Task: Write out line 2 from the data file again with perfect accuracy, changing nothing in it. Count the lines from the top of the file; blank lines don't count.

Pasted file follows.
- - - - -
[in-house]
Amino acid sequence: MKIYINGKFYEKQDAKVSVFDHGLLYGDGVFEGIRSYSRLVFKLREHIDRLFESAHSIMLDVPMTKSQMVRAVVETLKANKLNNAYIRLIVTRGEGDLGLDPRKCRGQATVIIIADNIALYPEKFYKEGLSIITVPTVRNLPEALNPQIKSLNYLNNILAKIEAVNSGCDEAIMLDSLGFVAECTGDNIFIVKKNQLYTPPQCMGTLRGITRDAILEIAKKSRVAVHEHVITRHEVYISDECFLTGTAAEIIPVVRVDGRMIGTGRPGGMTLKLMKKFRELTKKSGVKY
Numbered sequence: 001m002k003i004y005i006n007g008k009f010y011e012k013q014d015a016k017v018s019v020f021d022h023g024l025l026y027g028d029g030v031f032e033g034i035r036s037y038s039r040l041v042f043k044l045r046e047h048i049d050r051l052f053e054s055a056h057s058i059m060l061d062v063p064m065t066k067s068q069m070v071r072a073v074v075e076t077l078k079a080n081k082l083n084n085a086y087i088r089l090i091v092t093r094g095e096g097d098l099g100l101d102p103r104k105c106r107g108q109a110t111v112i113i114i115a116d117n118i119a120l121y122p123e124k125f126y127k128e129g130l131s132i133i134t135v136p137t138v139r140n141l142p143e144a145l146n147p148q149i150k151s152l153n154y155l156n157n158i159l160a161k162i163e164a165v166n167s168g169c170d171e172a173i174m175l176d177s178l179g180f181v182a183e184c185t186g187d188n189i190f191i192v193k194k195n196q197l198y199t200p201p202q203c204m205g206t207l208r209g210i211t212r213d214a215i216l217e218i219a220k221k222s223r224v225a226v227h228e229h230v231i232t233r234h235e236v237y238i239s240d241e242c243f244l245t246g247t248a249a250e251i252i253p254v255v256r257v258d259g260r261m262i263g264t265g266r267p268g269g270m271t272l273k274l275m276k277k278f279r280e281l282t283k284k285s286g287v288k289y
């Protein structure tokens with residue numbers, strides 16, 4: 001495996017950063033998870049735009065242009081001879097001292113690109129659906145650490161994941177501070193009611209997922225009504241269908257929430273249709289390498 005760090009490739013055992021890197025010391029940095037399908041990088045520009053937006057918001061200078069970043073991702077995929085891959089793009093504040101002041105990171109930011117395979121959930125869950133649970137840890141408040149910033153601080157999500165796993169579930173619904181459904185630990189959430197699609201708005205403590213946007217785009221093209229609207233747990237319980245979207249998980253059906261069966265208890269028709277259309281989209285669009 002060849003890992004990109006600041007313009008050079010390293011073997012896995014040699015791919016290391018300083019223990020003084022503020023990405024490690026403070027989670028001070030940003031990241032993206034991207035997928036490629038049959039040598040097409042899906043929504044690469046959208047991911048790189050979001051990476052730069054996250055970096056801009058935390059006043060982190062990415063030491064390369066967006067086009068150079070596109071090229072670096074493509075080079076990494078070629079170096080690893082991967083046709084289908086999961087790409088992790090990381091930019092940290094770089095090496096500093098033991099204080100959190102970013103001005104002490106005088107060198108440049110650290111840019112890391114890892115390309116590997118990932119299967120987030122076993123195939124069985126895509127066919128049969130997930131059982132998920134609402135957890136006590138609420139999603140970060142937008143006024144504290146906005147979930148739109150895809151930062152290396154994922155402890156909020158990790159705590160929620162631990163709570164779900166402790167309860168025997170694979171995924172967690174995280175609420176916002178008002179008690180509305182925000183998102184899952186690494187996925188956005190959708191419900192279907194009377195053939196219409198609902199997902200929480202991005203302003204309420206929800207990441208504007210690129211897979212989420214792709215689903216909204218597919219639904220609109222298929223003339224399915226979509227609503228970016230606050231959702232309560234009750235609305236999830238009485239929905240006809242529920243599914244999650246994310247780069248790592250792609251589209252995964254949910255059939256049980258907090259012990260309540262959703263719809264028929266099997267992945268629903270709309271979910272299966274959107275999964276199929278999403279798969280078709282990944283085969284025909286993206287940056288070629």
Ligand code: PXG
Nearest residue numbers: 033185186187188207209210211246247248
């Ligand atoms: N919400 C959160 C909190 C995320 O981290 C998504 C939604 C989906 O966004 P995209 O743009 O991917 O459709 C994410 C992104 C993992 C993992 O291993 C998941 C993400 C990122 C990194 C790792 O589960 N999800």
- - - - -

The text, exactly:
Amino acid sequence: MKIYINGKFYEKQDAKVSVFDHGLLYGDGVFEGIRSYSRLVFKLREHIDRLFESAHSIMLDVPMTKSQMVRAVVETLKANKLNNAYIRLIVTRGEGDLGLDPRKCRGQATVIIIADNIALYPEKFYKEGLSIITVPTVRNLPEALNPQIKSLNYLNNILAKIEAVNSGCDEAIMLDSLGFVAECTGDNIFIVKKNQLYTPPQCMGTLRGITRDAILEIAKKSRVAVHEHVITRHEVYISDECFLTGTAAEIIPVVRVDGRMIGTGRPGGMTLKLMKKFRELTKKSGVKY